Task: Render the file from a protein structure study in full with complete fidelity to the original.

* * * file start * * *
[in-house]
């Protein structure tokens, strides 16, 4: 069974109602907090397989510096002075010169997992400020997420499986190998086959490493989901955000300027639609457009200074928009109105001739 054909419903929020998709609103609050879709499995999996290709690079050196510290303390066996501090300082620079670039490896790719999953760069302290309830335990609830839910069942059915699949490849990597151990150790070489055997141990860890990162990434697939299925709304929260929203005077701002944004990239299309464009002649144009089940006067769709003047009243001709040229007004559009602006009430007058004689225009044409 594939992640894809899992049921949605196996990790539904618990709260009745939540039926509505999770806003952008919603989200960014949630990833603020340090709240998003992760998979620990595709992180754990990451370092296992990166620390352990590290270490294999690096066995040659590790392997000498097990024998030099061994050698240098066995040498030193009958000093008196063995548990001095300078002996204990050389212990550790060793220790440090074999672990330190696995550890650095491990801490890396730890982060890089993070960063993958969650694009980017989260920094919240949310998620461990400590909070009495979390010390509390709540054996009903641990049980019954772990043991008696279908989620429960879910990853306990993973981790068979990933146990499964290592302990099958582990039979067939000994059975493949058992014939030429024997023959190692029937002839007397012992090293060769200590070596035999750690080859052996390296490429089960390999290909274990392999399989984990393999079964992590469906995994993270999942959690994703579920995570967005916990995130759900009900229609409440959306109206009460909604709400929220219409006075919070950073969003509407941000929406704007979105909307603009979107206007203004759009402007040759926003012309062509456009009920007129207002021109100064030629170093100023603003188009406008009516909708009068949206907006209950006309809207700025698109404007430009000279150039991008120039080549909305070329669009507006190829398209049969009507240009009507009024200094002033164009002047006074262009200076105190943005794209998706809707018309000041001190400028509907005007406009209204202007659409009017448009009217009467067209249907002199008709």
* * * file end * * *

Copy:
[in-house]
């Protein structure tokens, strides 16, 4: 069974109602907090397989510096002075010169997992400020997420499986190998086959490493989901955000300027639609457009200074928009109105001739 054909419903929020998709609103609050879709499995999996290709690079050196510290303390066996501090300082620079670039490896790719999953760069302290309830335990609830839910069942059915699949490849990597151990150790070489055997141990860890990162990434697939299925709304929260929203005077701002944004990239299309464009002649144009089940006067769709003047009243001709040229007004559009602006009430007058004689225009044409 594939992640894809899992049921949605196996990790539904618990709260009745939540039926509505999770806003952008919603989200960014949630990833603020340090709240998003992760998979620990595709992180754990990451370092296992990166620390352990590290270490294999690096066995040659590790392997000498097990024998030099061994050698240098066995040498030193009958000093008196063995548990001095300078002996204990050389212990550790060793220790440090074999672990330190696995550890650095491990801490890396730890982060890089993070960063993958969650694009980017989260920094919240949310998620461990400590909070009495979390010390509390709540054996009903641990049980019954772990043991008696279908989620429960879910990853306990993973981790068979990933146990499964290592302990099958582990039979067939000994059975493949058992014939030429024997023959190692029937002839007397012992090293060769200590070596035999750690080859052996390296490429089960390999290909274990392999399989984990393999079964992590469906995994993270999942959690994703579920995570967005916990995130759900009900229609409440959306109206009460909604709400929220219409006075919070950073969003509407941000929406704007979105909307603009979107206007203004759009402007040759926003012309062509456009009920007129207002021109100064030629170093100023603003188009406008009516909708009068949206907006209950006309809207700025698109404007430009000279150039991008120039080549909305070329669009507006190829398209049969009507240009009507009024200094002033164009002047006074262009200076105190943005794209998706809707018309000041001190400028509907005007406009209204202007659409009017448009009217009467067209249907002199008709």